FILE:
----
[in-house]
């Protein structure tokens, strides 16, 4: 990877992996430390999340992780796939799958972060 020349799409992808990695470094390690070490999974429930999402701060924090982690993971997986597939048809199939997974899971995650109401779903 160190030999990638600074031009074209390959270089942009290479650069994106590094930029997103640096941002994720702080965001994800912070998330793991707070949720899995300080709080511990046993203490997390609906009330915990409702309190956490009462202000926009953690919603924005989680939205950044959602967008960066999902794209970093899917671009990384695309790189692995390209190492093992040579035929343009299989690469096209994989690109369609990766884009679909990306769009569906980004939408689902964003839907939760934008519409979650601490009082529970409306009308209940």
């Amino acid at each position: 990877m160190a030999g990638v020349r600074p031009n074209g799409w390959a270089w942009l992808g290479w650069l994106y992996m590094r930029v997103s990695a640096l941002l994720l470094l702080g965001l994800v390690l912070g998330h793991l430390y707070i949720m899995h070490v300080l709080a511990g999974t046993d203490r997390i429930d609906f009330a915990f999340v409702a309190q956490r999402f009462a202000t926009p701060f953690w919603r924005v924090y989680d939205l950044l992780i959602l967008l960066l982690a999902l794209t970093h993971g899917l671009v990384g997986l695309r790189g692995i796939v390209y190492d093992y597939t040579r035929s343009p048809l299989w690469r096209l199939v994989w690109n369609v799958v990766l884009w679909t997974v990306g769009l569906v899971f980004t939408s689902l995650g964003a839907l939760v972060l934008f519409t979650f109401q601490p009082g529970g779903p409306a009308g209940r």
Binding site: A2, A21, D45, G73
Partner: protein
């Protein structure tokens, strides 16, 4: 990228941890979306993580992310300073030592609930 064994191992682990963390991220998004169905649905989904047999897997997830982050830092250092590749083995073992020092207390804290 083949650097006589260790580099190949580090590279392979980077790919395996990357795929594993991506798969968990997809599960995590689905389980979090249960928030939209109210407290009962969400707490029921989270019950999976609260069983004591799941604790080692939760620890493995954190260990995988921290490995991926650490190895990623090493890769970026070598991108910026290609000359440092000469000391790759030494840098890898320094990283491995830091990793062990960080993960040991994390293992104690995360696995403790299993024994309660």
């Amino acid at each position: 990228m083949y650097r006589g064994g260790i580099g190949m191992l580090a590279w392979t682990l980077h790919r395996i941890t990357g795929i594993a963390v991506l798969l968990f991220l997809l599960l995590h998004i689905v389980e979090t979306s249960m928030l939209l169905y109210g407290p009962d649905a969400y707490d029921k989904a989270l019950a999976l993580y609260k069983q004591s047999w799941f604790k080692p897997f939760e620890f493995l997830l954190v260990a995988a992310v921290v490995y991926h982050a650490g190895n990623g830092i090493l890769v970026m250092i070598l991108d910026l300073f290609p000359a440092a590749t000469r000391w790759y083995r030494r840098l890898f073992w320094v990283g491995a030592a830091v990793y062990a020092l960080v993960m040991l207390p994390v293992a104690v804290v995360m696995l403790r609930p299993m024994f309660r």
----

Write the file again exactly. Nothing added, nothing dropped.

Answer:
[in-house]
């Protein structure tokens, strides 16, 4: 990877992996430390999340992780796939799958972060 020349799409992808990695470094390690070490999974429930999402701060924090982690993971997986597939048809199939997974899971995650109401779903 160190030999990638600074031009074209390959270089942009290479650069994106590094930029997103640096941002994720702080965001994800912070998330793991707070949720899995300080709080511990046993203490997390609906009330915990409702309190956490009462202000926009953690919603924005989680939205950044959602967008960066999902794209970093899917671009990384695309790189692995390209190492093992040579035929343009299989690469096209994989690109369609990766884009679909990306769009569906980004939408689902964003839907939760934008519409979650601490009082529970409306009308209940």
């Amino acid at each position: 990877m160190a030999g990638v020349r600074p031009n074209g799409w390959a270089w942009l992808g290479w650069l994106y992996m590094r930029v997103s990695a640096l941002l994720l470094l702080g965001l994800v390690l912070g998330h793991l430390y707070i949720m899995h070490v300080l709080a511990g999974t046993d203490r997390i429930d609906f009330a915990f999340v409702a309190q956490r999402f009462a202000t926009p701060f953690w919603r924005v924090y989680d939205l950044l992780i959602l967008l960066l982690a999902l794209t970093h993971g899917l671009v990384g997986l695309r790189g692995i796939v390209y190492d093992y597939t040579r035929s343009p048809l299989w690469r096209l199939v994989w690109n369609v799958v990766l884009w679909t997974v990306g769009l569906v899971f980004t939408s689902l995650g964003a839907l939760v972060l934008f519409t979650f109401q601490p009082g529970g779903p409306a009308g209940r």
Binding site: A2, A21, D45, G73
Partner: protein
């Protein structure tokens, strides 16, 4: 990228941890979306993580992310300073030592609930 064994191992682990963390991220998004169905649905989904047999897997997830982050830092250092590749083995073992020092207390804290 083949650097006589260790580099190949580090590279392979980077790919395996990357795929594993991506798969968990997809599960995590689905389980979090249960928030939209109210407290009962969400707490029921989270019950999976609260069983004591799941604790080692939760620890493995954190260990995988921290490995991926650490190895990623090493890769970026070598991108910026290609000359440092000469000391790759030494840098890898320094990283491995830091990793062990960080993960040991994390293992104690995360696995403790299993024994309660």
């Amino acid at each position: 990228m083949y650097r006589g064994g260790i580099g190949m191992l580090a590279w392979t682990l980077h790919r395996i941890t990357g795929i594993a963390v991506l798969l968990f991220l997809l599960l995590h998004i689905v389980e979090t979306s249960m928030l939209l169905y109210g407290p009962d649905a969400y707490d029921k989904a989270l019950a999976l993580y609260k069983q004591s047999w799941f604790k080692p897997f939760e620890f493995l997830l954190v260990a995988a992310v921290v490995y991926h982050a650490g190895n990623g830092i090493l890769v970026m250092i070598l991108d910026l300073f290609p000359a440092a590749t000469r000391w790759y083995r030494r840098l890898f073992w320094v990283g491995a030592a830091v990793y062990a020092l960080v993960m040991l207390p994390v293992a104690v804290v995360m696995l403790r609930p299993m024994f309660r």